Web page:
Hunt for the Skinwalker #1 Review: A Promising Series Lies Ahead

BOOM! Studios' Hunt for the Skinwalker combines elements of horror, sci-fi, and Westerns as it lays the groundwork in its debut issue.

The Western and sci-fi genres usually make for an interesting pairing. The same can be said for the Western and horror genres. Each of those combinations has found some success across all entertainment mediums in the past. Hunt for the Skinwalker, a new comic series from BOOM! Studios, attempts to do both at once. This Western tale dives headfirst into the worlds of both horror and science fiction, building a fascinating and potentially overstuffed world. 

Hunt for the Skinwalker comes from writer Zac Thompson, artist Valeria Burzo, and colorist Jason Wordie. The central plot follows the Gorman family who have taken over a ranch in Northeastern Utah in 1996. The Gormans have money troubles and need things on the ranch to pan out, which helps makes sense out of why they can't simply pack up and head out of town when mysterious and terrifying occurrences begin plaguing their land.

At first, the issues for the Gormans trend in the direction of the scary and supernatural. A giant wolf creature appears to them and tries to eat their animals, though it seems intent on leaving them alone. That's followed by several pages of flashbacks and an explanation of a creature known as the skinwalker. The narration breaks down the history of this American cryptid and its roots in Native cultures, explaining that it is a witch that can transform into different beings in order to scare its prey.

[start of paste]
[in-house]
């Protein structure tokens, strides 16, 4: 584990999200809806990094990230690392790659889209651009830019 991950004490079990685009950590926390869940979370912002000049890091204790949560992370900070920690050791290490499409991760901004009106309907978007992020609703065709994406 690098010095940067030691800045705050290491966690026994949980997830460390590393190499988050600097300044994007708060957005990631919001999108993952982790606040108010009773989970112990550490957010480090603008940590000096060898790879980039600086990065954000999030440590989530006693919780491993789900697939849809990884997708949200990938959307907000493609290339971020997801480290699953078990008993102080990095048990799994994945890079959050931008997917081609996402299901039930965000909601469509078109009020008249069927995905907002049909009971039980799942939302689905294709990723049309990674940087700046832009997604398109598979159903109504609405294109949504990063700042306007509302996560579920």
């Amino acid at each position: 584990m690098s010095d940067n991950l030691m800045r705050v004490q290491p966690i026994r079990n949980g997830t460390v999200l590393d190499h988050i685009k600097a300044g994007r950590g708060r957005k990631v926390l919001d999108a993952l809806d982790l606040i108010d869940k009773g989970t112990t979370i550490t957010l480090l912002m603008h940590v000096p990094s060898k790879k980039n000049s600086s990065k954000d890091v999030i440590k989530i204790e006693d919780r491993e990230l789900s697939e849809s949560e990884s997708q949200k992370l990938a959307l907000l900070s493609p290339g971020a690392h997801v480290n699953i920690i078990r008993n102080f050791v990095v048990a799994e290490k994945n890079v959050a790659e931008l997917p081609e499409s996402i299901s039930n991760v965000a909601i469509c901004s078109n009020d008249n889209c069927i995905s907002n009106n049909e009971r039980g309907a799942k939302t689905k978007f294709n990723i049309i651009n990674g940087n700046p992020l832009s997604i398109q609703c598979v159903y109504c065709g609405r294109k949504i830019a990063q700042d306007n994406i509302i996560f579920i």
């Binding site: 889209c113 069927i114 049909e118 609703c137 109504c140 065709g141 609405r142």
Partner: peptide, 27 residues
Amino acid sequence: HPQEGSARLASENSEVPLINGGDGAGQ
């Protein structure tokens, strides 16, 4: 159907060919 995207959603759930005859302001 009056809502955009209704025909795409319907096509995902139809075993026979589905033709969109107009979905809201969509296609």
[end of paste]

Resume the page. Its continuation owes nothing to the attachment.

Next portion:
This legend is built up to be the central issue of the comic book, until the story pivots just a couple of pages later. When the family goes out to hunt the creature, they come upon a sleek, square UFO that zooms around the property. The next night, one member of the family sees the same flying object, this time with a tall, mysterious man inside. The pivot from cryptids to UFOs provides a bit of whiplash to readers.

Any first issue has to lay the groundwork for what's to come in the series ahead. Hunt for the Skinwalker clearly has many plans, which is very exciting. The only issue is loading up this debut with so much information and multiple potential issues for the Gormans to confront makes it feel bloated. It's honestly a bit overwhelming, taking on so much at one time. It would've perhaps been a more worthwhile endeavor to spend some space developing the characters—who admittedly have very promising bones—and saving some of the sci-fi elements for a future issue.

That said, there's still a lot to enjoy about Hunt for the Skinwalker, and it should certainly leave readers interested in what's coming next. Burzo's artwork really invokes the vibe of the 1990s American West. There's a comfortable feel to it, that somehow captures elements of both King of the Hill and Jordan Peele's Nope. There's an ease to flipping through these pages that keeps you engaged, even when some aspects of the story start to grow overpowering.

Hunt for the Skinwalker doesn't deliver a perfect debut, but does it really have to? The good far outweighs the not-so-good in this first issue, and it's easy to see the potential of what the series might become in the months ahead. 

Published by Boom Studios

On September 6, 2023

Written by Zac Thompson

Art by Valerio Burzo

Colors by Jason Wordie

Letters by Joe Sabino

Cover by Martin Simmonds